Gail Sparlin has never lacked musical inspiration.
A Minnesota transplant who has called the Capital Region home since 1986, she grew up surrounded by music — her mother was a jazz fan, and her father played chromatic harmonica and sang. Large family gatherings — her mother had six sisters and one brother — would often turn into impromptu jam sessions.
Sparlin began playing piano at age 4, picking up banjo and guitar at 12. Her early family influences soon expanded to include Bonnie Raitt, Bob Dylan, Van Morrison, Randy Newman and countless others across the blues, jazz, country and folk spectrums.
All of these influences can be heard in her music. Her latest album, 2010’s “Beautiful Kiss,” runs the gamut from jazzy piano ballads such as the title track, to country-leaning pop songs such as “Smoke and Ashes.” She has appeared at blues events, including the “Ladies Sing the Blues” concert in February 2010 at Caffe Lena. And she has also been playing bass with a bluegrass band, The 3 J’s, for the past year, which has led her to write more bluegrass-oriented material.
When: 7 p.m. Friday
Where: Emack & Bolio’s, 366 Delaware Ave., Albany
How Much: Free
More Info: 512-5100, www.ebalbany.com
No specific genre
All this makes pinpointing a genre that she can comfortably fit into a challenge. It really all depends on what she is listening to at any given moment.
“That’s why I put ‘writes intelligent pop songs’ [on my website], because I can’t — people think of pop songs, and they don’t think of what I’m thinking of,” Sparlin said.
“So it depends on who I’m listening to, and that’s what I’ll do — I will listen to somebody; I’ll say, ‘I want to write songs like that song, like Randy Newman.’ So I’ll listen to some Randy Newman for a while, or Billie Holiday, or something, that will get me in that head.”
Sparlin will perform next at Emack & Bolio’s on Friday night, which will be her first gig at the venue. It’s a rare fall show for her — with her career as a music teacher with the Mohonasen Central School District, she usually only performs live in the summer.
Although she has always played music, she initially pursued visual art when she first started college in her late 20s. However, she soon switched back to music after deciding it was “more fun.”
Music ‘more fun’
“Performing’s more fun. It’s great to make a picture; it’s gratifying — internally, it’s gratifying to make something and to look at it, to be like, ‘I made that,’ ” she said. “But besides, I like to write. I’m a songwriter, and I like to write; I’m driven by words a lot. So that’s a really nice — words and music are a nice alignment.”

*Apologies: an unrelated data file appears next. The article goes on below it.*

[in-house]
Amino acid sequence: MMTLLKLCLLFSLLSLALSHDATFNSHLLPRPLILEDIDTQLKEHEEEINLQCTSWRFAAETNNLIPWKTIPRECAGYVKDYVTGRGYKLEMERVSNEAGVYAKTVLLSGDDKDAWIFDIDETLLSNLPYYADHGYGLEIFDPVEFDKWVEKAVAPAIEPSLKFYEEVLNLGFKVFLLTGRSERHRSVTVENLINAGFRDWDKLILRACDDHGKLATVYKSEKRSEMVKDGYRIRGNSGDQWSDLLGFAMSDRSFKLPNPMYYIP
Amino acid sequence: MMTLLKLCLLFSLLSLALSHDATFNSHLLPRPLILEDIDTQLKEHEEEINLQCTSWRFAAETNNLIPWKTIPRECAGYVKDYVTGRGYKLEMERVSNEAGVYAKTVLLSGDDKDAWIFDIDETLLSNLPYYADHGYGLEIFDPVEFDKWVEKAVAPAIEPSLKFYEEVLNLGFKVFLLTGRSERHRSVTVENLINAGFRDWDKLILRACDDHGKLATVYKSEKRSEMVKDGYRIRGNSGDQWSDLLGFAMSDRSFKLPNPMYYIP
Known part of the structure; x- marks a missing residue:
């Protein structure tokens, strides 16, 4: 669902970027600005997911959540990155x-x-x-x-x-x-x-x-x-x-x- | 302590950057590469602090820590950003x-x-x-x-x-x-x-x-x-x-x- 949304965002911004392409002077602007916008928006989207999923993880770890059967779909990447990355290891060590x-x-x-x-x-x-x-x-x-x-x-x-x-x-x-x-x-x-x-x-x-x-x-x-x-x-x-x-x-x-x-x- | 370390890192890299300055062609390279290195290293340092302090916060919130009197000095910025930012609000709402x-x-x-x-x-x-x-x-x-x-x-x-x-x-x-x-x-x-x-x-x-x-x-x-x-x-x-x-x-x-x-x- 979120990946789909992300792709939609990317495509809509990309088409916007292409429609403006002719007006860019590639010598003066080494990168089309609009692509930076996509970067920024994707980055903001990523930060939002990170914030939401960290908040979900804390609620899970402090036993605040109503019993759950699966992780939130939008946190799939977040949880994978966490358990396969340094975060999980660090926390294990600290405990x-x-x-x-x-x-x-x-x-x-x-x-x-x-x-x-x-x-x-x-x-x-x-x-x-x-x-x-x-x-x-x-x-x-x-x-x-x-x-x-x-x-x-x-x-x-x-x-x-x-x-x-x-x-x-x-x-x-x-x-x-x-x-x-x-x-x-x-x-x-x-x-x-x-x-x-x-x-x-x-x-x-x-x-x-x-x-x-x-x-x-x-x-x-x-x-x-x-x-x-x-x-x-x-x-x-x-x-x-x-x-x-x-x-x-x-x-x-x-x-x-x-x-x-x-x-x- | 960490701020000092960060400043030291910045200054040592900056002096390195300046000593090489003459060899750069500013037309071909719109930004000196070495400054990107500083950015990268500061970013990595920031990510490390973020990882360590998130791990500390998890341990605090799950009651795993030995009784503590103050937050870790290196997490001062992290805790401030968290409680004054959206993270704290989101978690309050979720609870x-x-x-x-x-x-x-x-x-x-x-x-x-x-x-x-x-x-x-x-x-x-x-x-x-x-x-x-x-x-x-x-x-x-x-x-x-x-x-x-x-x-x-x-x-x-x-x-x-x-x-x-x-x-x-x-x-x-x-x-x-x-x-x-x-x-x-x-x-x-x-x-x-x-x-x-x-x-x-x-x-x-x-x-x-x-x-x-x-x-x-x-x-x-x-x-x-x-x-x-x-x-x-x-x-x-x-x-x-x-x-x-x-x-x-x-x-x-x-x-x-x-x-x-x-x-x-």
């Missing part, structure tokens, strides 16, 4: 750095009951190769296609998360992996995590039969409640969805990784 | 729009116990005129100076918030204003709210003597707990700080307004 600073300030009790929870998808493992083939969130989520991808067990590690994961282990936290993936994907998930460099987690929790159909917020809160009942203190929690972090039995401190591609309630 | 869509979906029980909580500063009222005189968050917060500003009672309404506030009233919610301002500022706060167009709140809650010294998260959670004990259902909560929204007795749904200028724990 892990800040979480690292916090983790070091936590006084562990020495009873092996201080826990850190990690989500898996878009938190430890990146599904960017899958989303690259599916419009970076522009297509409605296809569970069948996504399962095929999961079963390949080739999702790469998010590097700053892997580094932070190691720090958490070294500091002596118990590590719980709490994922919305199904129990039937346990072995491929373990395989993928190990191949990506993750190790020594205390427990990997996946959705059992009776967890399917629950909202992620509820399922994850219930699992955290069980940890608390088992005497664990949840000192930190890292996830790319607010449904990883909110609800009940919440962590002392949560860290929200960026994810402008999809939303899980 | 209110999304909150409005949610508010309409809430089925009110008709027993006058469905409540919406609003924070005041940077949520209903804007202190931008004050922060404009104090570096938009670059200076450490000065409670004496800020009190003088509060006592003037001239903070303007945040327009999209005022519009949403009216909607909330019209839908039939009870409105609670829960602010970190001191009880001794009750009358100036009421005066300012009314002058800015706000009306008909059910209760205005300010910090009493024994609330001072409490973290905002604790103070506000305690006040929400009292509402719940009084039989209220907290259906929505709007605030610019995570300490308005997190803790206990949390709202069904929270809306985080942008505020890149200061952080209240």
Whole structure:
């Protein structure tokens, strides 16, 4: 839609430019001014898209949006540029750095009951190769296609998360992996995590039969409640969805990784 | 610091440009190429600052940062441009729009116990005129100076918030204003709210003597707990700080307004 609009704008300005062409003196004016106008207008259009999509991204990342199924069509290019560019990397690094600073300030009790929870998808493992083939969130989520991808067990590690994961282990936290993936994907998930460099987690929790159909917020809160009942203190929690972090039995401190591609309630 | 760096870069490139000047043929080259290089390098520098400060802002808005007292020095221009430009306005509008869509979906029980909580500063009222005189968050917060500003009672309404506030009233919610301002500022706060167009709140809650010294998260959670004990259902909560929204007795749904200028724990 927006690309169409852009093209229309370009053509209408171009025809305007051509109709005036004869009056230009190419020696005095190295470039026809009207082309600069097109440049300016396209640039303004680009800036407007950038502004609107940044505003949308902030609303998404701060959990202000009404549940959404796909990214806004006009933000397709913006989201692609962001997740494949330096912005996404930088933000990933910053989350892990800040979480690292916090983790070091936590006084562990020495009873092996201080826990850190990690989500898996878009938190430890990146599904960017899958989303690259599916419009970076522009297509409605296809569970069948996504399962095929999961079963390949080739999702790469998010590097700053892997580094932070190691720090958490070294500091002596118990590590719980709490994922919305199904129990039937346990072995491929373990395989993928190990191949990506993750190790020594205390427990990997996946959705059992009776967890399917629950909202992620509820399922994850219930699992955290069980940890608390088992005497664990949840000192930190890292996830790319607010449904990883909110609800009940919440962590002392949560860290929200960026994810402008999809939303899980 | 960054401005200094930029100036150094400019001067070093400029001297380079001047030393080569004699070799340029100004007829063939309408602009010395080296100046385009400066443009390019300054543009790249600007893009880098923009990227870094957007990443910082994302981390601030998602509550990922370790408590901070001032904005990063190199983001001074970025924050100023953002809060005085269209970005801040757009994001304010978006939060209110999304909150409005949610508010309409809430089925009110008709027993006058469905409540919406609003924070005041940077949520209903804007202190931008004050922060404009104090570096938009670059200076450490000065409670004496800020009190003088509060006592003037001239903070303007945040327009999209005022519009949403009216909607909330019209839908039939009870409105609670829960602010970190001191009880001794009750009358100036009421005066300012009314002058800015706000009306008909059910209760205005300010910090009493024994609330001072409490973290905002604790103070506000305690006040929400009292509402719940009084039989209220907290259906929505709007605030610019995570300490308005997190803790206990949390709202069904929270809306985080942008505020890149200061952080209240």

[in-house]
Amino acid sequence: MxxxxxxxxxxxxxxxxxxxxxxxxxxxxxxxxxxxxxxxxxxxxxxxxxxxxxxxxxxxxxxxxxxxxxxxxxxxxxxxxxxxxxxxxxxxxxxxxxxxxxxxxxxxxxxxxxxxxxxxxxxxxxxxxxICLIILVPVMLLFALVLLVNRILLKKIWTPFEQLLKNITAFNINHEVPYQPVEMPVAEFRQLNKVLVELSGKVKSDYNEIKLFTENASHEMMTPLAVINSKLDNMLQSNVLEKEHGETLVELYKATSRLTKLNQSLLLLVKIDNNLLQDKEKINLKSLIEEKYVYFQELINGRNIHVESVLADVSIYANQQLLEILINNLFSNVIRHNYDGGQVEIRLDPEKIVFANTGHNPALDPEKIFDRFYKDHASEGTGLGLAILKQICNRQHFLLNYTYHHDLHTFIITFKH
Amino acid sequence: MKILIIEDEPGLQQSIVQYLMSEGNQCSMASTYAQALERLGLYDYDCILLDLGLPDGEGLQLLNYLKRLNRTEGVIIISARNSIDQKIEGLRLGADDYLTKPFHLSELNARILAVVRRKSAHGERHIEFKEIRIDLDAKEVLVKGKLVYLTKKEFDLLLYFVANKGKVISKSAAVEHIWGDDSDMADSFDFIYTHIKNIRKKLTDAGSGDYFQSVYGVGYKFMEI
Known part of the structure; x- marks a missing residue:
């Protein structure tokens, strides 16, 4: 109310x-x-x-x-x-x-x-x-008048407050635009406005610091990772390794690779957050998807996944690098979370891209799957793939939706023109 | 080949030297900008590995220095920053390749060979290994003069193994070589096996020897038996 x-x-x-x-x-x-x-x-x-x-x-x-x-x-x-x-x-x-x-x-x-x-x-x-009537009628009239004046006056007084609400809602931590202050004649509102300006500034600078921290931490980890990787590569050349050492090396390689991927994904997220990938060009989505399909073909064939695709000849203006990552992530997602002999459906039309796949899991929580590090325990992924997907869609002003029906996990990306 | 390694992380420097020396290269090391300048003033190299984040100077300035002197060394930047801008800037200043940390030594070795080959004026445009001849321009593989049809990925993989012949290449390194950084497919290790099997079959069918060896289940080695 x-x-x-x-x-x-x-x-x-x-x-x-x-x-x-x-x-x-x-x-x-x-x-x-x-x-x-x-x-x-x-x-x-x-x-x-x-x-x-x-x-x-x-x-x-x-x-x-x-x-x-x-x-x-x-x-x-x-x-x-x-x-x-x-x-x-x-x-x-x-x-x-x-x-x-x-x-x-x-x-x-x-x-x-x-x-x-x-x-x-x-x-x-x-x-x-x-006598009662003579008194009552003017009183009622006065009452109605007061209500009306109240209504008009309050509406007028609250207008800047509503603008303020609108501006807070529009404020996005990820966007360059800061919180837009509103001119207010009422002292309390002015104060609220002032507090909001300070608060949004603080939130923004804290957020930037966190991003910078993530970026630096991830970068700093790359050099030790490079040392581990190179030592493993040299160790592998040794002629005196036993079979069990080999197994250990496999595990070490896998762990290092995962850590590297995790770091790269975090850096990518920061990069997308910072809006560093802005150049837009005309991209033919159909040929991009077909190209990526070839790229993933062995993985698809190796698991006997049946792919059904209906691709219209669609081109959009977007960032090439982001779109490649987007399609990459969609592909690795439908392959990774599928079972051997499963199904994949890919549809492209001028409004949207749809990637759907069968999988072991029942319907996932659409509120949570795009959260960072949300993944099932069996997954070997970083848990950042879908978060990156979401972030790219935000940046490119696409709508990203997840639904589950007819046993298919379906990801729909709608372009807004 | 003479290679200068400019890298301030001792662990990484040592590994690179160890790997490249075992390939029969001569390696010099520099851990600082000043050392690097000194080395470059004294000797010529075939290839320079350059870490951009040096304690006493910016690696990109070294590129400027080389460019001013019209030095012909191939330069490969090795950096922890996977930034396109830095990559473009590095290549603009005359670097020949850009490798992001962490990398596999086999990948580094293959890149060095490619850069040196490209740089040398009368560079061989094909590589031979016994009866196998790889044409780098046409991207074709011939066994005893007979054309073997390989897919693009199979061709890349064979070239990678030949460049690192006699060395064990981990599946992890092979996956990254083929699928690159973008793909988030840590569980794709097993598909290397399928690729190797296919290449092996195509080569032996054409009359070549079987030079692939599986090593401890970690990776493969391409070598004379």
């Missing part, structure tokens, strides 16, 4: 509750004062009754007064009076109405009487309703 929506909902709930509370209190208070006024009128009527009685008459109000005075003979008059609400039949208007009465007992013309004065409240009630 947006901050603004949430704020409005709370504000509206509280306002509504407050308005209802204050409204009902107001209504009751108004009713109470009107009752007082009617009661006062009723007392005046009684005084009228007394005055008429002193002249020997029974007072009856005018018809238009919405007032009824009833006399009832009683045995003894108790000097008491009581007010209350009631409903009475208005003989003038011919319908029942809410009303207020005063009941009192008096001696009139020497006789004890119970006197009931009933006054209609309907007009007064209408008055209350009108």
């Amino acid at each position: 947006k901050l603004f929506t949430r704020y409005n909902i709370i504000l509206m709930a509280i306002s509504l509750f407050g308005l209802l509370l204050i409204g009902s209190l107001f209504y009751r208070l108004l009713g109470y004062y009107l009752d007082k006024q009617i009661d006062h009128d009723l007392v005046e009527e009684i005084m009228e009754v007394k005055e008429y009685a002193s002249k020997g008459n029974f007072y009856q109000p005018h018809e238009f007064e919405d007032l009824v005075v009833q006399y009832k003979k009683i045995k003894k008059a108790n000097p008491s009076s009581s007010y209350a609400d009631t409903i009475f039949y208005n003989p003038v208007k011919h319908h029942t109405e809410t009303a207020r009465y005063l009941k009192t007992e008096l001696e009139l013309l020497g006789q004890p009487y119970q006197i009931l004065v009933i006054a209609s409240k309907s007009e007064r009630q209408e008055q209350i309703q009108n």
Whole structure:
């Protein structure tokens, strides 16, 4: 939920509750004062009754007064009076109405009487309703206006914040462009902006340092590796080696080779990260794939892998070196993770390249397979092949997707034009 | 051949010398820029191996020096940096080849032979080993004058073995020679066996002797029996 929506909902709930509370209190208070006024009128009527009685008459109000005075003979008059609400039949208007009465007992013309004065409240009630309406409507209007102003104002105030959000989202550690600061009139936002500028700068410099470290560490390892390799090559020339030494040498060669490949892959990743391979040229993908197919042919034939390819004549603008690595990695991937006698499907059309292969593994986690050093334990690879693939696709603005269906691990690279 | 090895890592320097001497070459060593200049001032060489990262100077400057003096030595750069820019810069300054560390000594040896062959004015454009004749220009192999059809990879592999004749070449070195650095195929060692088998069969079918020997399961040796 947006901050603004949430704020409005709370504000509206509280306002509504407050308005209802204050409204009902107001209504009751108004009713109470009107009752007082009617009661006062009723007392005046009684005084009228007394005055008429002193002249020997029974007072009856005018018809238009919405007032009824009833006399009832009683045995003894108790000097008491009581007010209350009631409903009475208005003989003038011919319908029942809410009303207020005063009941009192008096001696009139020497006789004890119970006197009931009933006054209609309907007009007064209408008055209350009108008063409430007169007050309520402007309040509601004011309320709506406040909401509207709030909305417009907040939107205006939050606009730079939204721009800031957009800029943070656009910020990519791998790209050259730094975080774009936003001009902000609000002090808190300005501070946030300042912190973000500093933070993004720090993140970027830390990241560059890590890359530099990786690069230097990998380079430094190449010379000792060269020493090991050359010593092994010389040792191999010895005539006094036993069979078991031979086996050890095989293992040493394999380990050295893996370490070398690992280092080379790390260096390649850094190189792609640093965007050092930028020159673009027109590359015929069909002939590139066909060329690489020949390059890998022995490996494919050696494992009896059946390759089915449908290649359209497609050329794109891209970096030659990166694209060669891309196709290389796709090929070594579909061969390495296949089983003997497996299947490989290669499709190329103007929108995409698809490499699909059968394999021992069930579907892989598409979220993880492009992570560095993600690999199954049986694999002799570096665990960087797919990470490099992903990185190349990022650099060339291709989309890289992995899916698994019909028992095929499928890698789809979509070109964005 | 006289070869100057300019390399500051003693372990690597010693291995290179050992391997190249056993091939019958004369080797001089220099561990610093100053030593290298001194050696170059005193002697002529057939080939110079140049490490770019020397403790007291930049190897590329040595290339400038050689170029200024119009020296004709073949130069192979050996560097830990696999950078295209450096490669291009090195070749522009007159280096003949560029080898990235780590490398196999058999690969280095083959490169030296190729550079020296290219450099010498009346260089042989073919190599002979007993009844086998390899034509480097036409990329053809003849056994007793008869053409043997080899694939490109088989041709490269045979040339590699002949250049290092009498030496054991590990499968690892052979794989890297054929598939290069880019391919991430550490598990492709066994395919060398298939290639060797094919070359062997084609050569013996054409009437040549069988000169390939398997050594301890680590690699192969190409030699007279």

She didn’t start writing songs seriously until she was in her early 30s, shortly before she switched to studying music.
“I don’t know why I started writing,” she said. “Sometimes I think you start doing something, and then you keep doing it, and suddenly you find the channel and you realize it works, it does something for you. I think anybody who is truly an artist finds some way to express that, and I think it could have been any number of things; it just happened to be that at the time.”
After graduating, Sparlin soon began teaching — she has taught at every level, everything from performance to theory to choir. Now she primarily teaches high school students, emphasizing performance.
Clean up, too
“It’s really important to us to get our kids up and out performing,” she said. “But what I show them is the drudgery of being in a band, you know? It’s not OK to put the cables away in a pile; you have to ask before you pull that plug. It’s cute because kids want to talk gear — ‘I got this amp, I got this,’ and they start flashing letter and numbers. And I’m like, ‘Yeah, I know you do, and it’s really great, but you need to learn how to clean up.’ So we get the opportunity — they get the opportunity with me to learn the basics of stage managing.”
Even without teaching, Sparlin keeps busy with music year round. A music video for the song “Beautiful Kiss” is in the works. She’s also working with Rotterdam community theater company Our Own Productions on a play, tentatively titled “Pokegama Hotel” after the place where her mother tended bar. The play is an adaptation of her first album, 2006’s concept album “Leaving My Pieces Behind.”
On top of that, she’s also working on new songs for her third album, the first that she’s self-producing in her home studio.
“It’s probably going to be a little bit multi-genred in terms of — there’ll be some blues tunes, there’ll be some folk-sounding tunes,” she said. “But it will be more acoustic-driven. . . . I don’t have a large studio; I can’t bring five guys in and have everybody in an isolation booth with a set of headphones on and nowhere to go. This has to be done piece by piece, and that’s fine, but it just takes a lot longer.”